Document Type

Conference Proceeding


IEEE Computer Society


Faculty of Health, Engineering and Science


Centre for Communications Engineering Research




This article was originally published as: Wild G., Fox B., Magniez K., Hinckley S., Wade S., & Carman G. (2014). Investigating strain transfer in polymer coated structures for the health monitoring of aerospace vehicles using polymer photonic waveguides. 2014 IEEE International Workshop on Metrology for Aerospace, MetroAeroSpace 2014 - Proceedings. (pp. 622-626). Benevento, Italy. IEEE Computer Society. © 2014 IEEE. Personal use of this material is permitted. Permission from IEEE must be obtained for all other uses, in any current or future media, including reprinting/republishing this material for advertising or promotional purposes, creating new collective works, for resale or redistribution to servers or lists, or reuse of any copyrighted component of this work in other works. Original article available here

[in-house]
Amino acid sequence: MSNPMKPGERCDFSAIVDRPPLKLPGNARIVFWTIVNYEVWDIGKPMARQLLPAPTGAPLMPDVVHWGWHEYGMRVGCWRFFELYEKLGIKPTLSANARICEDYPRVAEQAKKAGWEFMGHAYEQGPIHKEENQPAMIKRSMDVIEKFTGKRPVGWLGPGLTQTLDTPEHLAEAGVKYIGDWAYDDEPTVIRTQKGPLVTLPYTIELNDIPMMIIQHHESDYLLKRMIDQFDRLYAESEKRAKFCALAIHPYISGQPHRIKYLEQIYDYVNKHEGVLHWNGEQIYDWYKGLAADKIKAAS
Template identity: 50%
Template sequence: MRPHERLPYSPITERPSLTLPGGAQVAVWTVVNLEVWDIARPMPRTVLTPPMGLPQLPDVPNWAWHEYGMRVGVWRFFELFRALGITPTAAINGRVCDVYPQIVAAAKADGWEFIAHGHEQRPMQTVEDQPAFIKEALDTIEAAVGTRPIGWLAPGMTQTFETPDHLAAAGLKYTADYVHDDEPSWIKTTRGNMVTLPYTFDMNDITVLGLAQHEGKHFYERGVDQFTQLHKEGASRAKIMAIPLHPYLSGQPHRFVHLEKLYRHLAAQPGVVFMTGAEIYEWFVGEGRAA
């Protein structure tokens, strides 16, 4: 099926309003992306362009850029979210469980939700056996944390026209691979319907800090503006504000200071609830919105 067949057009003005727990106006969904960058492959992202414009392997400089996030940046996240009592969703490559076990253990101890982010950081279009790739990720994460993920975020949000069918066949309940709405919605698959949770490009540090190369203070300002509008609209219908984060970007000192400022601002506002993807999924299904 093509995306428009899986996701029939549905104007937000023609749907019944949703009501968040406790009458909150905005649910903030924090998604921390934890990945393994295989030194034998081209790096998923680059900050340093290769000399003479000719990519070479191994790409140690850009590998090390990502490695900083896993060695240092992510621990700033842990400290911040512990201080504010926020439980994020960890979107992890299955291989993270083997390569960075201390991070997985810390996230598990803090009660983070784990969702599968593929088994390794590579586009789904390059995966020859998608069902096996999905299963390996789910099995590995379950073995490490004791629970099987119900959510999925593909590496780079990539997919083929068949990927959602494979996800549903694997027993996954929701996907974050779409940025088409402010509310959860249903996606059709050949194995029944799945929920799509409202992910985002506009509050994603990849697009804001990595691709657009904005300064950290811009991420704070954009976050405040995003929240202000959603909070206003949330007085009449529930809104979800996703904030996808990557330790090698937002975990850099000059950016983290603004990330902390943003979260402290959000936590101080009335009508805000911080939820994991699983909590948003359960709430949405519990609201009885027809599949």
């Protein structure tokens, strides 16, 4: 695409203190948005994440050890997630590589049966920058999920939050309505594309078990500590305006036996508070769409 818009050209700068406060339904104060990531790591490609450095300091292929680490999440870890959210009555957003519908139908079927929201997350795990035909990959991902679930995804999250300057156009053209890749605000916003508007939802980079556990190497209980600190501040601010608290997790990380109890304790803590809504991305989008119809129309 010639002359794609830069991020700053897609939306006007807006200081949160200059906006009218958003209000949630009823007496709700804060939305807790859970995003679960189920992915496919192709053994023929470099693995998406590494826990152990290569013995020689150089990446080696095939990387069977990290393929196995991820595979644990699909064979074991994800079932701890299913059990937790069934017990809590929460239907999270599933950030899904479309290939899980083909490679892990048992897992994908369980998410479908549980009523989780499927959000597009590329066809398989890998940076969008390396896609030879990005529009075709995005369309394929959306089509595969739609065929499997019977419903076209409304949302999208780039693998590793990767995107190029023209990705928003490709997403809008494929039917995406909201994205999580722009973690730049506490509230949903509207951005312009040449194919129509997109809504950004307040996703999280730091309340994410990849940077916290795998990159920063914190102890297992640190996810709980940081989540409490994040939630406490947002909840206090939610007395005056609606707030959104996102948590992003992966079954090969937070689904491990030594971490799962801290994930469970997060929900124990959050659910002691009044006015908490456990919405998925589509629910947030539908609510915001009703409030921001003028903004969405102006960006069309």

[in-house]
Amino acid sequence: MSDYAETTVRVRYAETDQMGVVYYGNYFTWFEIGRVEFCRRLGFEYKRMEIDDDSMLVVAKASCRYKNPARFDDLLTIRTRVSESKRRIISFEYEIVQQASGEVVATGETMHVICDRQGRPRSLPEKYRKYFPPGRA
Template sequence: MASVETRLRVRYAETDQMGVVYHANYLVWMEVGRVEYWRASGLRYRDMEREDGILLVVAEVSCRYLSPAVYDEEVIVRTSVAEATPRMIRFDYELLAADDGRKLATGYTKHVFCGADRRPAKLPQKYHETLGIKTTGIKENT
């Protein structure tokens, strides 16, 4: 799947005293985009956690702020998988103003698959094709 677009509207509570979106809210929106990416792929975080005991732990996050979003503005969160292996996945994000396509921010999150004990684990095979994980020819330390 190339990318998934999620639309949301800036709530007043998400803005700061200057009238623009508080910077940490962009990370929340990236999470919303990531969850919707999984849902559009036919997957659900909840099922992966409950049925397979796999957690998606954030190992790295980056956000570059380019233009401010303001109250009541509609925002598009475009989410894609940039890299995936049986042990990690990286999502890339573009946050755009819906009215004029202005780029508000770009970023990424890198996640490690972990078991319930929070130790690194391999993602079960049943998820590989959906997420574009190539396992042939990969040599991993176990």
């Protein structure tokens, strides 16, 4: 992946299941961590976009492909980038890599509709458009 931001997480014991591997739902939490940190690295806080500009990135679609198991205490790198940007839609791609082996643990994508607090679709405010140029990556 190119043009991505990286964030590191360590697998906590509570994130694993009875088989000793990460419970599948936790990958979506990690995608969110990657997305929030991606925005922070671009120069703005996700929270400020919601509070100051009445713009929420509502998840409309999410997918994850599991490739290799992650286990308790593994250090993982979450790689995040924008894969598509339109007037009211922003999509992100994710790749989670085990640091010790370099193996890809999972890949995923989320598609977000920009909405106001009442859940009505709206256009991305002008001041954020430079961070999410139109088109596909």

In this work, we present the concept of planar polymer photonic waveguides for the health monitoring of aerospace structures. Here a polymer layer is deposited onto the material/structure to be monitored. Within the polymer layer, waveguides are created after deposition. These waveguides can then be used as 'optical fibres' for optical fibre sensing methodologies. In investigating the use of polymer photonic waveguides the question to be answered is: does the strain in the test material transfer to the polymer layer, such that the value to be measured optically is reliable and indicative of the true strain in the test structure? To answer this question we have conducted a preliminary structural analysis with finite element analysis, utilising ANSYS. A simple aluminium cantilever was used as the test structure, and layers of polyethylene with different thicknesses were added to this. Result show that the thinner the layer of polymer, the more accurate the measured strain will be. For a 100um coating, the difference is strain was observed to be on the order of 3.3%.